If it sounds as though I’m ignoring the Indian men who eventually sign, that’s pretty much because Million Dollar Arm does as well. They arrive in the form of Dinesh (Madhur Mittal) and Rinku (Suraj Sharma), and, tagging along, at first totally without pay (this is a point of pride for Bernstein) Amit (noted Bollywood actor Pitobash) who loves baseball and serves eventually as a translator in the states. Dinesh and Rinku throw fairly fast (mid 80s fastball), the latter having to assume a strange crane movement he supposedly perfected while tossing the javelin. We see, briefly, their poverty. They win the contest, which is presented in such a way as to have no tension, as we’ve clearly been led to believe these two will win, especially since the competitors have no names, no lines in the film, and are also essentially nonexistent.
Instead, we get time with Roy Poitevint, a baseball scout who can hear how fast a baseball is thrown—he’s usually slumped, engaging in a nap. He is played by Alan Arkin. You saw him play the same man in Little Miss Sunshine. He’s not worth talking about anymore, as his character adds nothing to the story and vanishes quickly.
Having chosen his two arms and hauled them back to the States, Bernstein now has six months to get these two ready for a professional baseball tryout. With this in mind, he enrolls them at a University of Southern California baseball camp, run by coach Tom House (Bill Paxton, whom I wished was killed in the movie by an alien of some sort—that’s really what he does best). Of course, there are tons of the platitudes that Bull Durham ridiculed—that Dinesh and Rinku should just have fun, relax, be themselves, all the while ignoring showing us some of the undoubtedly intense training they no doubt had in real life.
Their path to the big leagues, in real life, was more banal, and while they made it to the Pittsburgh Pirates farm system (where they did not advance to the majors), who knows if they actually won a million dollars or not? (The film never really states whether they won that or $10,000 or $100,000… or less, or more.) We do not get to know these men at all. Were this in the hands of people who cared, we’d get something along the lines of Sugar, a little baseball movie about a young man coming to America’s farm system from the Dominican Republic, which was a total failure at the box office.
No, Million Dollar Arm is concerned with J.B. Bernstein, and how he made money on a contest called Million Dollar Arm and met his future wife and mother of his children. The film is the poster child for Bechdel test failure for women and people from other cultures—everyone sees success or failure through the lens of how it will affect Bernstein.
This culminates in a startling scene where Bernstein returns home to find a note taped to his television set. “Gone to India,” it says, and Bernstein shoulders fall in sadness. Suddenly, lights appear in his backyard, and he wanders out, dazed, as Dinesh, Rinku, and Amit stand, like waiters, by a candlelit table and steaming platters of Indian food that they’ve cooked. Out of the bungalow emerges Brenda, replete with a bindi on her forehead and dressed in Indian-style silk clothing. Of course, A. R. Rachman’s romantic score wafts over this mess.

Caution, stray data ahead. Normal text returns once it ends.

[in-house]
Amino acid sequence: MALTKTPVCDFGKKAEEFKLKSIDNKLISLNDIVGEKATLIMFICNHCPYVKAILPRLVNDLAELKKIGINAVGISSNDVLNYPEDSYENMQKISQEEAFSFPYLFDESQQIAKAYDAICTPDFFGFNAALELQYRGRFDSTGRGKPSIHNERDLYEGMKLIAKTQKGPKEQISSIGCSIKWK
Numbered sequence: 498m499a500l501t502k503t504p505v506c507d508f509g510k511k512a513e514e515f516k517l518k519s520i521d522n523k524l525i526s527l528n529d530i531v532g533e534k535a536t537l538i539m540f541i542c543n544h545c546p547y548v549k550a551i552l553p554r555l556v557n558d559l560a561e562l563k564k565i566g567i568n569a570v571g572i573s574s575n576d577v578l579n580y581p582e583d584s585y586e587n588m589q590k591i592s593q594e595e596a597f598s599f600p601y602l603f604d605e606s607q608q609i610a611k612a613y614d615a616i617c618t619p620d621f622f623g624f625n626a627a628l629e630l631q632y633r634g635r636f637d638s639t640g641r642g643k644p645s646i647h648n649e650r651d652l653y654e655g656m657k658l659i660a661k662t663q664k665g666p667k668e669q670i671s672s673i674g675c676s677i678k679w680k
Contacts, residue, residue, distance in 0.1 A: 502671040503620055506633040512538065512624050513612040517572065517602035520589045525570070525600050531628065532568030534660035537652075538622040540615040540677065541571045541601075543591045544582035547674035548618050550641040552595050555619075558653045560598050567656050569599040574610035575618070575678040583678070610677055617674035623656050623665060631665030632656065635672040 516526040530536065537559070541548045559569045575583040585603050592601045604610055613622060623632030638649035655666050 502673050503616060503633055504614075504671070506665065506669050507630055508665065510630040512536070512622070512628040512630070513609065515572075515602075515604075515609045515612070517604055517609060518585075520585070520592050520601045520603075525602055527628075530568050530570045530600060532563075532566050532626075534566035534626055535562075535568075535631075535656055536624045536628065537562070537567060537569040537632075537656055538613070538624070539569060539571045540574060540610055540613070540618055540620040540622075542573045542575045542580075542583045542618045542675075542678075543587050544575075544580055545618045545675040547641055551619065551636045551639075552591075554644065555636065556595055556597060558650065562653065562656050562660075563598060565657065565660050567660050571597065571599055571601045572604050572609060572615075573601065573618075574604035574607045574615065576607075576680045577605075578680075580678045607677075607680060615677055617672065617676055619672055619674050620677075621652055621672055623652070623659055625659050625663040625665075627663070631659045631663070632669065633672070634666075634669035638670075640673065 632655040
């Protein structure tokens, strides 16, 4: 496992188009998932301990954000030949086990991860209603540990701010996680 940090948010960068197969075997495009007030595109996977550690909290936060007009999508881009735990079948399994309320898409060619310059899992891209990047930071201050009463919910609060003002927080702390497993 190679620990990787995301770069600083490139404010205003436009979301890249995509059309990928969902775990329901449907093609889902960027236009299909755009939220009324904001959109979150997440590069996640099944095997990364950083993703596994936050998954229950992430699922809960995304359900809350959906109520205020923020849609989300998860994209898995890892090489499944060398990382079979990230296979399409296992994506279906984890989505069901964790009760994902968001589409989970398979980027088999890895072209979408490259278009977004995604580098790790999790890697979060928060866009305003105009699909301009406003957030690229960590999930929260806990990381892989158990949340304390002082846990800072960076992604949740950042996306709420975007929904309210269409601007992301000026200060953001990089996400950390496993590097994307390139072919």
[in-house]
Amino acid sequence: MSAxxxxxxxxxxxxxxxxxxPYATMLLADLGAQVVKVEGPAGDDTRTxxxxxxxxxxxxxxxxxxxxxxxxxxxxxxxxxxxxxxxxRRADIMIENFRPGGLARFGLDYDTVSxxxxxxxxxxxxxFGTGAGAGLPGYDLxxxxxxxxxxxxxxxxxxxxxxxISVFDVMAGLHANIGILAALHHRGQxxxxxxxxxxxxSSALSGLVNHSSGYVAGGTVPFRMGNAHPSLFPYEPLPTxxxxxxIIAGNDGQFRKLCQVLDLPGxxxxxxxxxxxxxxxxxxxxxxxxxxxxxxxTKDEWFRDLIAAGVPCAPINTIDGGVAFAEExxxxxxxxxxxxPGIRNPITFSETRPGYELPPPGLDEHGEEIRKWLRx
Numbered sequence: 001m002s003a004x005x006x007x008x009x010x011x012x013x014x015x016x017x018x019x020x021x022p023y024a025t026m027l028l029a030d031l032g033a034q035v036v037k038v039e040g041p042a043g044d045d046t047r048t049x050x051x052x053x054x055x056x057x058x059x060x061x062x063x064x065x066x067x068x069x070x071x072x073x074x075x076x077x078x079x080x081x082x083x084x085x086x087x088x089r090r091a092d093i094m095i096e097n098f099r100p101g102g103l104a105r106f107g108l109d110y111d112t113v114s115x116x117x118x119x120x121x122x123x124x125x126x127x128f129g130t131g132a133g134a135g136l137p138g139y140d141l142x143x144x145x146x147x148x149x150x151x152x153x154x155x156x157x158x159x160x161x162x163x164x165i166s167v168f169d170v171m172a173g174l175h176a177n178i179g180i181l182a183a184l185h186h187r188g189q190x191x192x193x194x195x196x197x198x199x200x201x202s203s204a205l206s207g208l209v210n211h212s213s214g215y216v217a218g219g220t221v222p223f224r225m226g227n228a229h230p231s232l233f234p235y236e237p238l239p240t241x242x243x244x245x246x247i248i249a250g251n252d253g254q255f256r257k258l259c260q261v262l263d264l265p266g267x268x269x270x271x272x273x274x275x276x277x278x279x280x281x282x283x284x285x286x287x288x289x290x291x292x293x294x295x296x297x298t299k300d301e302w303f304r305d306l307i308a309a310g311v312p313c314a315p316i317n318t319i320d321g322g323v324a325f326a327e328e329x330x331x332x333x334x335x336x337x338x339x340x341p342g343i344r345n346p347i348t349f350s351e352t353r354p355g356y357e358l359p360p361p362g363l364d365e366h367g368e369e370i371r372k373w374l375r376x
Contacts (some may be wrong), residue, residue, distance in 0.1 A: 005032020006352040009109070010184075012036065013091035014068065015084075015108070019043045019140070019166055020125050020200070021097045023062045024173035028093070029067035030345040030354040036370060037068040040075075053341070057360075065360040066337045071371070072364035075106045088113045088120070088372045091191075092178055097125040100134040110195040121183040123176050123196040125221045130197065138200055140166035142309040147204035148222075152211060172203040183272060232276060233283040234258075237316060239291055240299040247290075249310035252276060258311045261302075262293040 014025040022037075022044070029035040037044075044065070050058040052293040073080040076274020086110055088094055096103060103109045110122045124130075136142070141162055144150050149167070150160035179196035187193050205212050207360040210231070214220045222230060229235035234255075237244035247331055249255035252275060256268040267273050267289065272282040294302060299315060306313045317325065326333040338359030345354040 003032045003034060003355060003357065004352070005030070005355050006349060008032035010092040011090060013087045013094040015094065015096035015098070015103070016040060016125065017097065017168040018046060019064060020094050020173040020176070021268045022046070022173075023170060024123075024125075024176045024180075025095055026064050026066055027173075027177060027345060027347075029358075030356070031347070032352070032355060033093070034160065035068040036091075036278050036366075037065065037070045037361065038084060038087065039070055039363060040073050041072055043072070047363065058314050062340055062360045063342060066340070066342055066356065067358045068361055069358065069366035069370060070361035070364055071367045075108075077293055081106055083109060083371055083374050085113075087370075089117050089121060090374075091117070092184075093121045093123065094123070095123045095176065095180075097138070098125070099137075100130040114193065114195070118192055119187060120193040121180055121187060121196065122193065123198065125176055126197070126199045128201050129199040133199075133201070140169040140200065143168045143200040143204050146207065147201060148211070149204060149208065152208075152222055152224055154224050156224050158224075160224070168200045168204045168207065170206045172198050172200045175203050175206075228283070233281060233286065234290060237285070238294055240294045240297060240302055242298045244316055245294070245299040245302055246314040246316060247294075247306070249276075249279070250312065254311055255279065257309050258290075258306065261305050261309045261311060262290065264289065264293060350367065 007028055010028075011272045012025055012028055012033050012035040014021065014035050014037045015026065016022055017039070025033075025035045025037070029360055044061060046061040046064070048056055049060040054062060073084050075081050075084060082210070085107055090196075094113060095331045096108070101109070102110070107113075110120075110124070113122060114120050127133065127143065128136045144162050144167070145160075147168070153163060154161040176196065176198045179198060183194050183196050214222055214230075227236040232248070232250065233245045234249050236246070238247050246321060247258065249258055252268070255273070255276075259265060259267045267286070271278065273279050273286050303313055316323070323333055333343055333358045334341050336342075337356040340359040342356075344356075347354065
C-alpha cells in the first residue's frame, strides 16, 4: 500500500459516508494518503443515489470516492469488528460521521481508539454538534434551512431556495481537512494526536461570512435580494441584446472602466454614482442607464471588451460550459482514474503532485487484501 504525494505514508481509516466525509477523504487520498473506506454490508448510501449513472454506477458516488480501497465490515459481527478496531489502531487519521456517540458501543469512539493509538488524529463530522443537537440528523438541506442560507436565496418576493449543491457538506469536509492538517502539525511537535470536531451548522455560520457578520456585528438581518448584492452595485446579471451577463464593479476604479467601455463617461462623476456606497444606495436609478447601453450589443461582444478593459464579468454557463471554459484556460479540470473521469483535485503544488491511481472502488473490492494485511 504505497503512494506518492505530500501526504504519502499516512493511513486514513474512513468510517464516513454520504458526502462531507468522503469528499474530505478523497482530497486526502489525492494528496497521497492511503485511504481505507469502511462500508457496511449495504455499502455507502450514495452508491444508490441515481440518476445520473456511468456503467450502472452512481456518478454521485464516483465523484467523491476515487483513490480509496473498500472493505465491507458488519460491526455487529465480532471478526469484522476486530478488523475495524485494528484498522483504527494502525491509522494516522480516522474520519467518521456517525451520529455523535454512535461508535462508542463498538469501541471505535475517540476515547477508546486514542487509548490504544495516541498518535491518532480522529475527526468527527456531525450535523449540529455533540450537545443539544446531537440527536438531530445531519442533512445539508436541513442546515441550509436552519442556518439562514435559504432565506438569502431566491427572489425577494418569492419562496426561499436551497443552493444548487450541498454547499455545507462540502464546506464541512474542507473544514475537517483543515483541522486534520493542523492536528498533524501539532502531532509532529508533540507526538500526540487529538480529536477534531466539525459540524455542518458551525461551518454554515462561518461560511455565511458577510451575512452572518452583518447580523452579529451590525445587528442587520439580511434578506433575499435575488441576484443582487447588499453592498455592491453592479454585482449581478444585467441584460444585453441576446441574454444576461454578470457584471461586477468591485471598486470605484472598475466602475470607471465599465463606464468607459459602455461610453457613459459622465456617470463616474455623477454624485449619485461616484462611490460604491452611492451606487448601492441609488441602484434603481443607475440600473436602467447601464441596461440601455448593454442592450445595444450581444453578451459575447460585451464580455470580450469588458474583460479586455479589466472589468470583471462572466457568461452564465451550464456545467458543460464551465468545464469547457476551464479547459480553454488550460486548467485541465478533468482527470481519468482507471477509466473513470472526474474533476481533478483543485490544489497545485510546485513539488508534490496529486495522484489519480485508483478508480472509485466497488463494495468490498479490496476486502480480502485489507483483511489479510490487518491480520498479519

At first, I was surprised to see writer Tom McCarthy’s name attached to this disaster—he’s made two sharp little movies, both very honest about the way people interact with one another, especially when confronted with punishing failure--The Station Agent and Win-Win. However, Million Dollar Arm more closely resembles The Visitor, which was his overpraised movie about an introverted white professor who comes out of his shell when he rents a home that is also occupied by a Syrian immigrant. The immigrant—who’s eventually deported—was part of that long, awful tradition that Spike Lee termed “the magical negro”, namely, a minority who comes to the aid of white men for nothing other than the white man deserves it.
Imagine if Million Dollar Arm really followed these young men. I mean, we get the same story in Sugar, but the eponymous character’s "innocence"—his bafflement at the excesses of America and its national sport—is revealed to be a byproduct of an awful system. Maybe the Million Dollar Arm contest is good (in that it pulls two young men from poverty, though that’s certainly questionable), but for God's sake give these men some dignity.
Million Dollar Arm works, I guess, only if you know nothing about baseball. You also need to know absolutely nothing about sports agents, India and Indian people, yoga, cricket, javelin throwing, baseball scouting, cooking and eating, human interaction, child rearing, the wealthy, the poor, the middle class, nurses, washing machines, how televisions and elevators work, how people get drunk, how they order and eat pizzas, and virtually everything else about life as it is actually lived day to day. Perhaps Million Dollar Arm’s sole benefit is that it shows us, in the fourteenth year of the twenty-first century, that whites still harbor such astoundingly patronizing attitudes to women and people from other countries. And it shows that a decent baseball movie still can’t be made.